Pinckney Street Resident Sally Reyering Wins First Prize for Shade Garden in Mayor’s Garden Contest

The only award winner from Beacon Hill, as well as a first-time contestant, Sally Reyering of Pinckney Street took first place last week in the Shade Garden category in the 25th annual Mayor’s Garden Contest.

Reyering’s garden has two levels, she said, with the lower level comprising a brick pathway with two smaller, linear gardens on either side  – one abutting the foundation of the house and the other near a fence that surrounds her small backyard – while the upper level consists of a deck with long planter boxes.

Acting Mayor Kim Janey recognizing Sally Reyering, first-place winner in the Shade Garden category in the 25th annual Mayor’s Garden Contest, with Rev. Mariama White-Hammond, the city’s Chief of Environment, Energy, and Open Space, on the right.

Reyering said she makes her own compost from clippings from leaves that have fallen down in her garden to create a “natural mulch” she uses in her garden.

Also, Reyering, who is a member of the Beacon Hill Garden Club, partakes in what she calls “guerrilla gardening” at an abutting property by placing planters around the premises. She also helped transform a holed-out tree stump into a “natural planter,” and when pots have been abandoned on the property, Reyering usually plants flowers in them as well.

Reyering believes this other work might have counted for something with the Nominating Committee, since the contest, according to the city, “recognizes gardeners who have landscaped, planted flowers, trees, shrubs, and vegetables, and in the process, helped beautify Boston’s neighborhoods.”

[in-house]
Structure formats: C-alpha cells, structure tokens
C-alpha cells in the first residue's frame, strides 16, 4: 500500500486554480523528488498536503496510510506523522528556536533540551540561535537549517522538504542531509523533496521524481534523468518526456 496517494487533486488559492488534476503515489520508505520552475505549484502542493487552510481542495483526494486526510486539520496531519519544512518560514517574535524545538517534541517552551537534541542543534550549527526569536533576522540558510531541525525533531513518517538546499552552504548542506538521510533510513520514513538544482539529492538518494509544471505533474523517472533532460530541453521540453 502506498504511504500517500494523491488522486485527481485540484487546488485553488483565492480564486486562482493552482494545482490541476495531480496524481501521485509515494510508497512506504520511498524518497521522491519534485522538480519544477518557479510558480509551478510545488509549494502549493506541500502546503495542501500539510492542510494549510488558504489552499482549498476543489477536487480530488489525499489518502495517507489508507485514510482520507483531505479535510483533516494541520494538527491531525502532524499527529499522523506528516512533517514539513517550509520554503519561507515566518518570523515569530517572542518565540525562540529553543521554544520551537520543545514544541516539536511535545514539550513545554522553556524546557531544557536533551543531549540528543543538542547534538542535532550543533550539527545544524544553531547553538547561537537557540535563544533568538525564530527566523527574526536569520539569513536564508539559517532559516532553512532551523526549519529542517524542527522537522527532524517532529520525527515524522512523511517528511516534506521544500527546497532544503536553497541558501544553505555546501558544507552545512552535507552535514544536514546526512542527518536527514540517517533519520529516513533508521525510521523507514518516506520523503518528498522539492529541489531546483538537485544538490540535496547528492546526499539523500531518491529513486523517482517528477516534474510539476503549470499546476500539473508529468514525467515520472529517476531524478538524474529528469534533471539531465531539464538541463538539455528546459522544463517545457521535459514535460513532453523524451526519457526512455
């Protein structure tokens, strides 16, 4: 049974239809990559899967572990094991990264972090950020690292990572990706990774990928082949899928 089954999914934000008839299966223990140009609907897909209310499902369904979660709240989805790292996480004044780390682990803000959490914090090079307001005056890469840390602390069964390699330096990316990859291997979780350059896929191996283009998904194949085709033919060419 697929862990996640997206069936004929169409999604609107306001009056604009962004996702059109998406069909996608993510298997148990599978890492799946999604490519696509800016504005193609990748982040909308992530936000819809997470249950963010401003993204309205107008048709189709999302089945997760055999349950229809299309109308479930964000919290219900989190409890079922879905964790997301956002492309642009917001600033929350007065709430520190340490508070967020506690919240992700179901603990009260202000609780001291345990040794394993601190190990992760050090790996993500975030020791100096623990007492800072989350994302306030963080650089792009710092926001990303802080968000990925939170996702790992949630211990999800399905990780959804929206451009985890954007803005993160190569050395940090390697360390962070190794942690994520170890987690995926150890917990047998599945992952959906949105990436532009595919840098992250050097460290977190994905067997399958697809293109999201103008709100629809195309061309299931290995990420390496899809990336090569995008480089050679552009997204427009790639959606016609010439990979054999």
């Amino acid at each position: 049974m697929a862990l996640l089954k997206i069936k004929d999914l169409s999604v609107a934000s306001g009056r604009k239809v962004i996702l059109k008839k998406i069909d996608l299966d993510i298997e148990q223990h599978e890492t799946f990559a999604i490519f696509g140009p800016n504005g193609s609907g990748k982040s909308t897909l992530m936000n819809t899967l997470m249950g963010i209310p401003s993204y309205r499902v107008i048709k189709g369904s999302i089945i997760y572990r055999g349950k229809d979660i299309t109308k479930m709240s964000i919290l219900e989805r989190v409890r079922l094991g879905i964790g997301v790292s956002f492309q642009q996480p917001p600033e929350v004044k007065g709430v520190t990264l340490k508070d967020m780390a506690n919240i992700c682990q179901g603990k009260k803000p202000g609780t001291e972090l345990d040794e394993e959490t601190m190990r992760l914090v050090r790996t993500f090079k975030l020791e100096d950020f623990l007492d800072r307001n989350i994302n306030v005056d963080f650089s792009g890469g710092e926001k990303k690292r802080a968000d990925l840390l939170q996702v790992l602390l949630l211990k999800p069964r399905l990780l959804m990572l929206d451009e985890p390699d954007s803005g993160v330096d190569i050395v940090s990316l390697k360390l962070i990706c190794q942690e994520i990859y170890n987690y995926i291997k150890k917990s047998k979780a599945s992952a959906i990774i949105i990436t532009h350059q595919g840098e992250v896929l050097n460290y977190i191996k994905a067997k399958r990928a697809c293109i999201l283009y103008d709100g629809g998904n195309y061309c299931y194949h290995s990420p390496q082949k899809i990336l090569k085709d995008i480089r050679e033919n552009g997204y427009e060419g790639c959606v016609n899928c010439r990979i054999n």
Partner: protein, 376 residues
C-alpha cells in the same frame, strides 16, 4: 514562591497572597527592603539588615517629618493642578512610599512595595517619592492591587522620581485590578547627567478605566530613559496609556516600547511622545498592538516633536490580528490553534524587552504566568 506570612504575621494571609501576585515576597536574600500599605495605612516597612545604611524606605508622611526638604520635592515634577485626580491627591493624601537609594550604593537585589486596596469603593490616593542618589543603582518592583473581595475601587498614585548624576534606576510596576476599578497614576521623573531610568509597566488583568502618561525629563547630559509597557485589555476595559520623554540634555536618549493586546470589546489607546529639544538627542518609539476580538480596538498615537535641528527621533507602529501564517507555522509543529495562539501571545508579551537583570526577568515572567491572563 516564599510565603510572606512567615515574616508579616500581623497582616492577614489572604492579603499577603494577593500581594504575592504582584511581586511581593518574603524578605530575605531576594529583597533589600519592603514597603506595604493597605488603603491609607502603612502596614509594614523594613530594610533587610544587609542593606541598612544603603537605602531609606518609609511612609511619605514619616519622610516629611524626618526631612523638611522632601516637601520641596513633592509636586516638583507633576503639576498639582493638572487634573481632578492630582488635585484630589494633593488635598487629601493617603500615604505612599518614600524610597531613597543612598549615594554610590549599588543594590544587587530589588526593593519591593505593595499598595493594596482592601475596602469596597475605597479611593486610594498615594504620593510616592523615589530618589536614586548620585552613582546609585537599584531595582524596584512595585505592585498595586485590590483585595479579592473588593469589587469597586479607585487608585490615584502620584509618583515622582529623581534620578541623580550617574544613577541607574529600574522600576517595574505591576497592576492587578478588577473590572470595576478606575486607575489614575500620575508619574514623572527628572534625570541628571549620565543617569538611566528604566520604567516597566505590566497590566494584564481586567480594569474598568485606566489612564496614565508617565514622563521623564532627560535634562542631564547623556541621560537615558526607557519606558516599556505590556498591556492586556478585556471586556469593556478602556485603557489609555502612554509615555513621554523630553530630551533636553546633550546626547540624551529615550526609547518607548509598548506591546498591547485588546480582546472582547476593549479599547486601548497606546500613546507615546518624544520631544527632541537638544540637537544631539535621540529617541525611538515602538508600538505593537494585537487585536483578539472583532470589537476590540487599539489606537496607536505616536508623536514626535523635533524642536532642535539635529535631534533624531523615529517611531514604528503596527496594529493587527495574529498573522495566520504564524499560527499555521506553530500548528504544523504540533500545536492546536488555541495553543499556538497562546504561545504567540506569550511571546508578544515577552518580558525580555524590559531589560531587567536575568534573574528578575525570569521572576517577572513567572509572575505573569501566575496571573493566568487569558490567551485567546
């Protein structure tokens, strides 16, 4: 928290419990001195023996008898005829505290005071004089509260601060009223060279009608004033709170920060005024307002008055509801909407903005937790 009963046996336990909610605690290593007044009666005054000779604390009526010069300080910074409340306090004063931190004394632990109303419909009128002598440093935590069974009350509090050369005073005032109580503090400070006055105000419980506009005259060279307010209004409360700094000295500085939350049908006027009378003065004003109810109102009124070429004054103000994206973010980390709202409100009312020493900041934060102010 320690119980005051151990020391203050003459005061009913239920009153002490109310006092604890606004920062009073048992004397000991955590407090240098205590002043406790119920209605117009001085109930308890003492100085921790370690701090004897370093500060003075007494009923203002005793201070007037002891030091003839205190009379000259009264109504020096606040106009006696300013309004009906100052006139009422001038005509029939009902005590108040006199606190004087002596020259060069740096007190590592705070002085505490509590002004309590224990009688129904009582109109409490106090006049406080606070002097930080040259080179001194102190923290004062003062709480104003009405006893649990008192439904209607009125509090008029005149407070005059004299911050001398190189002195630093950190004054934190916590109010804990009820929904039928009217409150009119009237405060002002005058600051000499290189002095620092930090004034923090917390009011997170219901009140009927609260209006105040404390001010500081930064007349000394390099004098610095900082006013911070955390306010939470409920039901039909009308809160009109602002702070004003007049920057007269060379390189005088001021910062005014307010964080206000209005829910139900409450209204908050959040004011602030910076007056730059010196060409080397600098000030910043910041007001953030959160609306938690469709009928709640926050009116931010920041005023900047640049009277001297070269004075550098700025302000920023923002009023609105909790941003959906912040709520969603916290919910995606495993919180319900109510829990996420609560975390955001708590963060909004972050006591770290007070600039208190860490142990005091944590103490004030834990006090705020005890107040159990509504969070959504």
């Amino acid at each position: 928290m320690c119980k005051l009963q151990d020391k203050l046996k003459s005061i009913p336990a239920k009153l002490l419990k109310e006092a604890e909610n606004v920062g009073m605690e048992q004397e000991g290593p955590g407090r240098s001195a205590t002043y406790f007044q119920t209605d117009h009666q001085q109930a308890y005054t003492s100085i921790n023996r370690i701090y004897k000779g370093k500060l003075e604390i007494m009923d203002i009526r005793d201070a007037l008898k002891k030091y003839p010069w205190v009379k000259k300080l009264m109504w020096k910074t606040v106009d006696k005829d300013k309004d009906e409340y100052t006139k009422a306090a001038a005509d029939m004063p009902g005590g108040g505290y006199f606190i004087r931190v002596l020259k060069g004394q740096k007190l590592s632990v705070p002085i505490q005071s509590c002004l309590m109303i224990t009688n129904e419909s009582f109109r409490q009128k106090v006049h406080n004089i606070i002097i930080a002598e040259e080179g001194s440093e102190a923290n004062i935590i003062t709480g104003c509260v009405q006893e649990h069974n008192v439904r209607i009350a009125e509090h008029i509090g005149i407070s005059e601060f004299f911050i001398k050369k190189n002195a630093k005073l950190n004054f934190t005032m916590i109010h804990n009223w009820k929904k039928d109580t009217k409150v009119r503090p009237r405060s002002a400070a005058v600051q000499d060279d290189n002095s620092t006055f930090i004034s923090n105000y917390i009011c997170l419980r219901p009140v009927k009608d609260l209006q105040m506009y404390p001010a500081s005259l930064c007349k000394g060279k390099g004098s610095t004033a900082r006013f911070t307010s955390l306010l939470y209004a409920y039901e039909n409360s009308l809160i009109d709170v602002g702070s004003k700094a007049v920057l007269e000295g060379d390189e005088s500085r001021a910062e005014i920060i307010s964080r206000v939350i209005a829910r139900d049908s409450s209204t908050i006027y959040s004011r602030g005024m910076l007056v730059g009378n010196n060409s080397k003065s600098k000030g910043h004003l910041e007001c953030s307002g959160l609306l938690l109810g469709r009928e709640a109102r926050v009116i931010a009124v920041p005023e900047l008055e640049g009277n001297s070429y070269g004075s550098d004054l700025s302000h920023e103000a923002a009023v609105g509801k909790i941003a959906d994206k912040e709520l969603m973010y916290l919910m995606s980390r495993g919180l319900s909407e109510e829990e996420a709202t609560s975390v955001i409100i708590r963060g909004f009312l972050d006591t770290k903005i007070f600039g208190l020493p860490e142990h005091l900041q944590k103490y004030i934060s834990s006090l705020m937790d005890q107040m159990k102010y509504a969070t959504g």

While she only received her award from Acting Mayor Kim Janey last week, Reyering is already looking forward to participating in the Mayor’s Garden Contest again next year.

“It’s a good excuse to get the garden looking its best again, and to have fun again,” she said. “I love our garden so it’s really great to be recognized for it.”

Reyering added, “It’s definitely a worthwhile endeavor, and it’s great to see people from all parts of the city with all kinds of gardens represented in the contest.”

Meanwhile, another Beacon Hill representative, Miguel Rosales, was inducted into the Garden Contest Hall of Fame for receiving recognition in the competition three times. This distinction will allow him to participate in the competition as a judge in the future, but as a three-time winner, he’s also now ineligible to participate in it ever again. 

“It is a distinct honor to be inducted into the 2021 Mayor’s Garden Contest Hall of Fame,” said Rosales. “I am grateful to Mayor Kim Janey and [Boston Parks} Commissioner Ryan Woods for continuing this city tradition and looking forward to volunteering as a Garden Contest judge in the future.”

Rosales received second place in the Shade Garden category last year and was the only winner from the neighborhood in any category in the 24th annual Mayor’s Garden Contest.

Previously, Rosales received first and second place awards in the Shade Garden category  in 2019 and 2018, respectively, in recognition of his garden, which  boasts a 120-foot Sugar Maple. The tree, believed to be the only of its kind in the neighborhood, has created a “unique micro-environment in which only certain kinds of shade-loving plants can grow,” including Native Ferns, English and Algerian Ivy, varieties of Japanese Aralias, Boxwoods and medium-sized Japanese Maples, said Rosales.

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